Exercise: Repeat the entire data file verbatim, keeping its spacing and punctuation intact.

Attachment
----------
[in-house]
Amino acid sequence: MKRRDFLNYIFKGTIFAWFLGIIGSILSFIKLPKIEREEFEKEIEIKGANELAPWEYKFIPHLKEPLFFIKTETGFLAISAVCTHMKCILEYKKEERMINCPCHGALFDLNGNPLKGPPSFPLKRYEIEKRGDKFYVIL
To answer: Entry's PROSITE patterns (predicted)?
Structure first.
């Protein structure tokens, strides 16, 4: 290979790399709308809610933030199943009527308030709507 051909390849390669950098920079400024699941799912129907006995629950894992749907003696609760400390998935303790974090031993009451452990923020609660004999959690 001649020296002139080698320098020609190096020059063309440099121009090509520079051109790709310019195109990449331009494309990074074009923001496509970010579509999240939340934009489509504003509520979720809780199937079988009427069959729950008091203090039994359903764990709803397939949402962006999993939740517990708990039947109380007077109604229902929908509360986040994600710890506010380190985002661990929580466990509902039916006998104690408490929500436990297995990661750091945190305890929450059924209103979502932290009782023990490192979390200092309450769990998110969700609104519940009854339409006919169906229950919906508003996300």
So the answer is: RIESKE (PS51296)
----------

[in-house]
Amino acid sequence: MKRRDFLNYIFKGTIFAWFLGIIGSILSFIKLPKIEREEFEKEIEIKGANELAPWEYKFIPHLKEPLFFIKTETGFLAISAVCTHMKCILEYKKEERMINCPCHGALFDLNGNPLKGPPSFPLKRYEIEKRGDKFYVIL
To answer: Entry's PROSITE patterns (predicted)?
Structure first.
């Protein structure tokens, strides 16, 4: 290979790399709308809610933030199943009527308030709507 051909390849390669950098920079400024699941799912129907006995629950894992749907003696609760400390998935303790974090031993009451452990923020609660004999959690 001649020296002139080698320098020609190096020059063309440099121009090509520079051109790709310019195109990449331009494309990074074009923001496509970010579509999240939340934009489509504003509520979720809780199937079988009427069959729950008091203090039994359903764990709803397939949402962006999993939740517990708990039947109380007077109604229902929908509360986040994600710890506010380190985002661990929580466990509902039916006998104690408490929500436990297995990661750091945190305890929450059924209103979502932290009782023990490192979390200092309450769990998110969700609104519940009854339409006919169906229950919906508003996300």
So the answer is: RIESKE (PS51296)